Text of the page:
Cats do this—they curl around each other in loving and supportive ways, a fact I had not realized before seeing it in the ones I happened to live with in NYC, inspiring me to consider that such relationships were possible and normal at a time when I most needed to learn that. Perfect Circle (Imperfect) acknowledges both the necessity and the profound challenges of maintaining fellowship and cooperative interdependence during a time of raising divisions in our political, social and cultural climate.

Perfect Circle (Imperfect), 2016. slip-cast ceramic fired with glaze, concrete, and glass. 8 1/2 x 80 x 80 inches.


Blue Drape, 2018. salt fired ceramic. 17 1/2 x 15 x 4 1/4 inches.


I’ve consistently used animals as allegory, and this piece comes from a moment reflecting on a relationship I ardently longed for in my teens and the recognition that it was about as likely as a friendship between a bird and a pill bug. My hope had been that it would save me from who I was at the time but, ultimately, the armor I wore and my tendency to protect myself from interacting with the world is what enabled my observant and analytical nature and my life as an artist. I’m very interested in keeping track of the markers of who we’ve been, especially as they determine and predict where we go or who we become.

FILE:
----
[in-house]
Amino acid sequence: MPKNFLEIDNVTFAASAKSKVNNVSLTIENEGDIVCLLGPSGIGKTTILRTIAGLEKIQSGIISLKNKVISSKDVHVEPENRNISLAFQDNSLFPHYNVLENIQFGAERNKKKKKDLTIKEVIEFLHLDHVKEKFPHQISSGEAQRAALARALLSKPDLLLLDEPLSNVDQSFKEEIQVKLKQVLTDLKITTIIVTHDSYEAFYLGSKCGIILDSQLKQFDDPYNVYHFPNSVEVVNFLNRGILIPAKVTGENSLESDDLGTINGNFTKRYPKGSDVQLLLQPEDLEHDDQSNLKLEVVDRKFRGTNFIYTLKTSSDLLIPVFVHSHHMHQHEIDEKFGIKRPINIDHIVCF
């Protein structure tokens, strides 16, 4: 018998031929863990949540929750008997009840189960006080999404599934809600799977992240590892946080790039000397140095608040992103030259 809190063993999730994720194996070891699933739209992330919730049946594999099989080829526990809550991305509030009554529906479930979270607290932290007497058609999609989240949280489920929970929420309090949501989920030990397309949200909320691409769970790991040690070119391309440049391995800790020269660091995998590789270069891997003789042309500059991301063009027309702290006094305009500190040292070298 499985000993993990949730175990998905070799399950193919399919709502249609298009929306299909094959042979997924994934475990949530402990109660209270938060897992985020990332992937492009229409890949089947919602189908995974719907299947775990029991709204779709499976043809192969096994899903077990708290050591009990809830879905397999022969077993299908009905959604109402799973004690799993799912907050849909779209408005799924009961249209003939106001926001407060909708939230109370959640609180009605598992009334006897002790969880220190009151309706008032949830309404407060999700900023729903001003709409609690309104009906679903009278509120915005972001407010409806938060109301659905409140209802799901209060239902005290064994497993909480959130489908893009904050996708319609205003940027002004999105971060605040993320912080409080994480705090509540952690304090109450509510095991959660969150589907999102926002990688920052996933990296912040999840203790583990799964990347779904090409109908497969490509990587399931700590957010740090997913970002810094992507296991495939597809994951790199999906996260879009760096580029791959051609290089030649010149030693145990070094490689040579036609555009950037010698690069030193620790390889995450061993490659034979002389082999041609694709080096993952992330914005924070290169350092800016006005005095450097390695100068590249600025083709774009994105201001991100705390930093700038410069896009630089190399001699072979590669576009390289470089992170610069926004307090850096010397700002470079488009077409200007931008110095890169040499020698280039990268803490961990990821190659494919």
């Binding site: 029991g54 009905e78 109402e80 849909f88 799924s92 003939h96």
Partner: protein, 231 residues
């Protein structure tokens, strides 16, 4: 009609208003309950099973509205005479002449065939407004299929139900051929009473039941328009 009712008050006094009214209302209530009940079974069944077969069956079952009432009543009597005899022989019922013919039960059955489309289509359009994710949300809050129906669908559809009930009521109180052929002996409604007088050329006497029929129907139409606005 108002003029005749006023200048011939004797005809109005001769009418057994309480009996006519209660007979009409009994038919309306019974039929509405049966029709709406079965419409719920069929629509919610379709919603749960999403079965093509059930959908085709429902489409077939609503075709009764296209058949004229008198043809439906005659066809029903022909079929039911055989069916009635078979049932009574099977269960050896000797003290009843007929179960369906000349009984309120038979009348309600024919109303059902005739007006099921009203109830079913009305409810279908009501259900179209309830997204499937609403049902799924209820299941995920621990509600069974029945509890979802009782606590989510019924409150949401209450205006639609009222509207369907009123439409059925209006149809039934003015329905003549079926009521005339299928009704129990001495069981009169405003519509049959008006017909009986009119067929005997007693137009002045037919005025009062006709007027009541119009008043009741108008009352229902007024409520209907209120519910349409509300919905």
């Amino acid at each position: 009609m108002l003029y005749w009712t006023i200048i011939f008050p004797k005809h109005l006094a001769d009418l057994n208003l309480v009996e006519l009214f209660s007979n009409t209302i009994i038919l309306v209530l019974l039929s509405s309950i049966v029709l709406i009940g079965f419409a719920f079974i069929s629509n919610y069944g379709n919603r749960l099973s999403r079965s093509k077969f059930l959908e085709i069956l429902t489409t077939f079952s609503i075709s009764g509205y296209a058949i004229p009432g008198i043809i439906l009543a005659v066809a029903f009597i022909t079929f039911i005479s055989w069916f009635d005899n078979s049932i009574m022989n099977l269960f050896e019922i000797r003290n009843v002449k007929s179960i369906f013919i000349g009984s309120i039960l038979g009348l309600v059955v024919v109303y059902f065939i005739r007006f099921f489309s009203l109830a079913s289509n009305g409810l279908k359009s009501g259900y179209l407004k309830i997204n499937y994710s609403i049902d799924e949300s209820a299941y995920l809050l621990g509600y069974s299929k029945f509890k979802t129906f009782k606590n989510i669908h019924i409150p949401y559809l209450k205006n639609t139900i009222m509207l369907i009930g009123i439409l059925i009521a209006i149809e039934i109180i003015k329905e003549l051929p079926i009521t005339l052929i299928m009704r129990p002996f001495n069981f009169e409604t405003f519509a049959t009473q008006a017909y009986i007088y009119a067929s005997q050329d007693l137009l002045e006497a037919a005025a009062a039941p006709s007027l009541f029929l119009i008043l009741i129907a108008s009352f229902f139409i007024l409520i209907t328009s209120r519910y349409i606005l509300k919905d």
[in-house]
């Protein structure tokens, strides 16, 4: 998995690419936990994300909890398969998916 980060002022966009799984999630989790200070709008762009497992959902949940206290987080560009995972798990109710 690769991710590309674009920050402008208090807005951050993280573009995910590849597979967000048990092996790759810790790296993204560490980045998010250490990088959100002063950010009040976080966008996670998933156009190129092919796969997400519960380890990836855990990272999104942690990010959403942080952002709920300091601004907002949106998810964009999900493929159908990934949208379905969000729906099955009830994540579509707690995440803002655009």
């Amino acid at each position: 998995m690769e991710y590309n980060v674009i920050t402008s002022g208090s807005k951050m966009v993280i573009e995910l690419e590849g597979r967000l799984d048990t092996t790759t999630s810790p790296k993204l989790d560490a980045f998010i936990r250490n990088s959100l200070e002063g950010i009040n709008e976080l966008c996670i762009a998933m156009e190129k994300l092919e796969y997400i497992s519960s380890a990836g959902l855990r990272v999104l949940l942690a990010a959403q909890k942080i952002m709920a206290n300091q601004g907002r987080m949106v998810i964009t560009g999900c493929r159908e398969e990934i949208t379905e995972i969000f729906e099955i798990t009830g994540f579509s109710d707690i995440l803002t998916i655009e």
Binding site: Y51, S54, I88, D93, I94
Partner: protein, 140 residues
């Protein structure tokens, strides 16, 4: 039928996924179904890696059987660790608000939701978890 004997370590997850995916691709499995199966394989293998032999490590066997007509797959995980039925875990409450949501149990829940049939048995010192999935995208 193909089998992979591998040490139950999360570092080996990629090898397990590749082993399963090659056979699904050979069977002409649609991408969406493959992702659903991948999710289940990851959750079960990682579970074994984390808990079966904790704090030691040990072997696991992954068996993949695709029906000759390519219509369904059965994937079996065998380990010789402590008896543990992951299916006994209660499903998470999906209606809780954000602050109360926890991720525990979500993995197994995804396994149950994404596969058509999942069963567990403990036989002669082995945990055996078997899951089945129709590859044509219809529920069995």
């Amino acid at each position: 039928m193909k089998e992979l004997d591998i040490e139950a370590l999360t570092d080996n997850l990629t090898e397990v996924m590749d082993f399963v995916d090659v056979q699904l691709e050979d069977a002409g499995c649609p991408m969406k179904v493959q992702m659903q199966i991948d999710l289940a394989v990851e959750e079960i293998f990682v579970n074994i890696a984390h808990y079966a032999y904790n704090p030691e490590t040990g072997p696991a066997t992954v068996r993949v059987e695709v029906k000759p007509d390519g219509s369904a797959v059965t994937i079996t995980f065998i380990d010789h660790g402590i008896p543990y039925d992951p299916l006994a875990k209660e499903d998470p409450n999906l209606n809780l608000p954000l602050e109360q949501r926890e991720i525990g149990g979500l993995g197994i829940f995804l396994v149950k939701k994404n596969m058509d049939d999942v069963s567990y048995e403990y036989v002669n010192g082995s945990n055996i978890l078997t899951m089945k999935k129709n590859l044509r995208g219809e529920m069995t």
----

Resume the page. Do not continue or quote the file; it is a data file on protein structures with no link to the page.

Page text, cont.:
Portrait of the Artist as a Young Pill Bug, 2018. ceramic, silk, walnut, stainless steel. 16 1/2 x 20 x 8 1/2 inches.


Malia Jensen 2006- Present


Bathing Skunk, 2014. bronze. 13 1/4 x 8 1/4 x 16 1/4 inches.


Old Bag, 2018. bronze, silver patina. 6 x 19 1/2 x 14 1/2 inches.


Ladybugs, 2012. polished bronze. 6 x 9 x 13 inches.


Is This Your Cat?, 2006. patinated bronze. 24 x 14 x 12 inches.


Pile, 2008. bronze. 36 x 20 x 15 inches.


Untitled #2 (Breast Lick), 2010. carved salt lick. 9 x 9 x 11 inches.


Sock Fight, 2011. bronze. 30 x 45 x 30 inches.


Stalagmite, 2006. bronze. 19 x 10 x 9 inches.